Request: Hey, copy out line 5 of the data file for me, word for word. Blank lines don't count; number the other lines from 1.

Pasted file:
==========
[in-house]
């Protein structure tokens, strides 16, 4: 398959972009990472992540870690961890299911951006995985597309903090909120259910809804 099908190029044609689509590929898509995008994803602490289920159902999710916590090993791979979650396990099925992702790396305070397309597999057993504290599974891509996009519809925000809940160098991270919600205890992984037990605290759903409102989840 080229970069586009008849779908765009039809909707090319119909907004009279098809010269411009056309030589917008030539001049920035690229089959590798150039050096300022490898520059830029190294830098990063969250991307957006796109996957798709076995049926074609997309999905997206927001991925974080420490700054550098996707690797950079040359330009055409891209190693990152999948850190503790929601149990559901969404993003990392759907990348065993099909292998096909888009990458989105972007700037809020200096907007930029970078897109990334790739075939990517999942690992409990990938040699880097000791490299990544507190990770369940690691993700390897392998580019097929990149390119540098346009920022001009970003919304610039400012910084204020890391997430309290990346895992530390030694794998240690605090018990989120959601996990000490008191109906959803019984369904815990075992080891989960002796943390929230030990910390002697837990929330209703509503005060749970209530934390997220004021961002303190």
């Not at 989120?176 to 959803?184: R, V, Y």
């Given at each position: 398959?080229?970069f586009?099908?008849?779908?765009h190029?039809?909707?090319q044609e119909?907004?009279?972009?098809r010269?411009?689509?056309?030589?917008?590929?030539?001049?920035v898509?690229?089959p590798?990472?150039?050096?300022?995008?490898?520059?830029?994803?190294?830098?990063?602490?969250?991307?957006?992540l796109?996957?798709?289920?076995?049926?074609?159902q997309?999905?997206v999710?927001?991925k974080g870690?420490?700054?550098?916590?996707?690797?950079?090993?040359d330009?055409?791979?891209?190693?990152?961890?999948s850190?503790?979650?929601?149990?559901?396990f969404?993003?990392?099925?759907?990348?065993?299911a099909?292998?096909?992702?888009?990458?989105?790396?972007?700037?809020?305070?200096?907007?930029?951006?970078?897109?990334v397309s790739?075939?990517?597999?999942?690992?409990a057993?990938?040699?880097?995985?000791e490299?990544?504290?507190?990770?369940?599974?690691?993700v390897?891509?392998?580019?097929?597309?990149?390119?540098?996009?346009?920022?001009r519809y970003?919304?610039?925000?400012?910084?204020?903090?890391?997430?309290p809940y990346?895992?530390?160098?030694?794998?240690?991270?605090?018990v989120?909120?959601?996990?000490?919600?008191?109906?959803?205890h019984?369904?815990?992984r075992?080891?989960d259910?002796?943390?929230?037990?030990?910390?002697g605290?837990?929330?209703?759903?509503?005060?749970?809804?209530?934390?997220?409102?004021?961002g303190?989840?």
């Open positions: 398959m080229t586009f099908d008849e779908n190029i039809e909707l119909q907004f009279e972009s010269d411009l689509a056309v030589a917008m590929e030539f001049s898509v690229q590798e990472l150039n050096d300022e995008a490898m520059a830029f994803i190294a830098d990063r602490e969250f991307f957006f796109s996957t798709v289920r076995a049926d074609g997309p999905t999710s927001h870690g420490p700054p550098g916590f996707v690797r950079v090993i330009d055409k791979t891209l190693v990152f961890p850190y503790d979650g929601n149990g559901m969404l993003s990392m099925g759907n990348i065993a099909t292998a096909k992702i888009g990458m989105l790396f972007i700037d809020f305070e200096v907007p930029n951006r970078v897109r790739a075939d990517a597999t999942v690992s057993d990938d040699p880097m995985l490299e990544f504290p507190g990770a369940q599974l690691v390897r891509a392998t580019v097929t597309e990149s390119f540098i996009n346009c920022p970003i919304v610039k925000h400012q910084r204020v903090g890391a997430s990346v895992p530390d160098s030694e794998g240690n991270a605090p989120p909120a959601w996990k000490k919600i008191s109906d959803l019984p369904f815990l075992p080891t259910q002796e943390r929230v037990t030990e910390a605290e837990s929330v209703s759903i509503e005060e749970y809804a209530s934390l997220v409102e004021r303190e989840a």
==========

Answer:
């Open positions: 398959m080229t586009f099908d008849e779908n190029i039809e909707l119909q907004f009279e972009s010269d411009l689509a056309v030589a917008m590929e030539f001049s898509v690229q590798e990472l150039n050096d300022e995008a490898m520059a830029f994803i190294a830098d990063r602490e969250f991307f957006f796109s996957t798709v289920r076995a049926d074609g997309p999905t999710s927001h870690g420490p700054p550098g916590f996707v690797r950079v090993i330009d055409k791979t891209l190693v990152f961890p850190y503790d979650g929601n149990g559901m969404l993003s990392m099925g759907n990348i065993a099909t292998a096909k992702i888009g990458m989105l790396f972007i700037d809020f305070e200096v907007p930029n951006r970078v897109r790739a075939d990517a597999t999942v690992s057993d990938d040699p880097m995985l490299e990544f504290p507190g990770a369940q599974l690691v390897r891509a392998t580019v097929t597309e990149s390119f540098i996009n346009c920022p970003i919304v610039k925000h400012q910084r204020v903090g890391a997430s990346v895992p530390d160098s030694e794998g240690n991270a605090p989120p909120a959601w996990k000490k919600i008191s109906d959803l019984p369904f815990l075992p080891t259910q002796e943390r929230v037990t030990e910390a605290e837990s929330v209703s759903i509503e005060e749970y809804a209530s934390l997220v409102e004021r303190e989840a």